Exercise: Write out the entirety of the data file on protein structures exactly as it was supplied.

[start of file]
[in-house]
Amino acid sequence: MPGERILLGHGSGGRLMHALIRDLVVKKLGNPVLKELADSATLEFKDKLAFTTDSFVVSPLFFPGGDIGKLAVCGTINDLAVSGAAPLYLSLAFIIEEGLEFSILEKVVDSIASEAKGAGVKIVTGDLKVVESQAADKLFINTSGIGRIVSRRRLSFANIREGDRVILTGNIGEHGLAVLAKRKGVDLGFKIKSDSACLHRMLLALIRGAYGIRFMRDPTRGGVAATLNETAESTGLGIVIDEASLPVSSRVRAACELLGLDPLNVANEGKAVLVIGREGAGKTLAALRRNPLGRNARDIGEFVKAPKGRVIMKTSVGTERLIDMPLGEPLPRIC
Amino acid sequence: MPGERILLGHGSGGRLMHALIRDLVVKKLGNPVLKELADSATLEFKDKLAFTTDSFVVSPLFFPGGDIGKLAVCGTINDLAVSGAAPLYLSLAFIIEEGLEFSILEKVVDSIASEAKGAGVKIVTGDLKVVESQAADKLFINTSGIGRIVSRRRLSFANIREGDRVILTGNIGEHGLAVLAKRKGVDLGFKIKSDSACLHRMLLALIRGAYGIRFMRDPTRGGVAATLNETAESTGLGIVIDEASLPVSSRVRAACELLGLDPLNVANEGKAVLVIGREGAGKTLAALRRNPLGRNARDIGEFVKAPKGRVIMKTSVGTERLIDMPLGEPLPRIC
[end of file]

[in-house]
Amino acid sequence: MPGERILLGHGSGGRLMHALIRDLVVKKLGNPVLKELADSATLEFKDKLAFTTDSFVVSPLFFPGGDIGKLAVCGTINDLAVSGAAPLYLSLAFIIEEGLEFSILEKVVDSIASEAKGAGVKIVTGDLKVVESQAADKLFINTSGIGRIVSRRRLSFANIREGDRVILTGNIGEHGLAVLAKRKGVDLGFKIKSDSACLHRMLLALIRGAYGIRFMRDPTRGGVAATLNETAESTGLGIVIDEASLPVSSRVRAACELLGLDPLNVANEGKAVLVIGREGAGKTLAALRRNPLGRNARDIGEFVKAPKGRVIMKTSVGTERLIDMPLGEPLPRIC
Amino acid sequence: MPGERILLGHGSGGRLMHALIRDLVVKKLGNPVLKELADSATLEFKDKLAFTTDSFVVSPLFFPGGDIGKLAVCGTINDLAVSGAAPLYLSLAFIIEEGLEFSILEKVVDSIASEAKGAGVKIVTGDLKVVESQAADKLFINTSGIGRIVSRRRLSFANIREGDRVILTGNIGEHGLAVLAKRKGVDLGFKIKSDSACLHRMLLALIRGAYGIRFMRDPTRGGVAATLNETAESTGLGIVIDEASLPVSSRVRAACELLGLDPLNVANEGKAVLVIGREGAGKTLAALRRNPLGRNARDIGEFVKAPKGRVIMKTSVGTERLIDMPLGEPLPRIC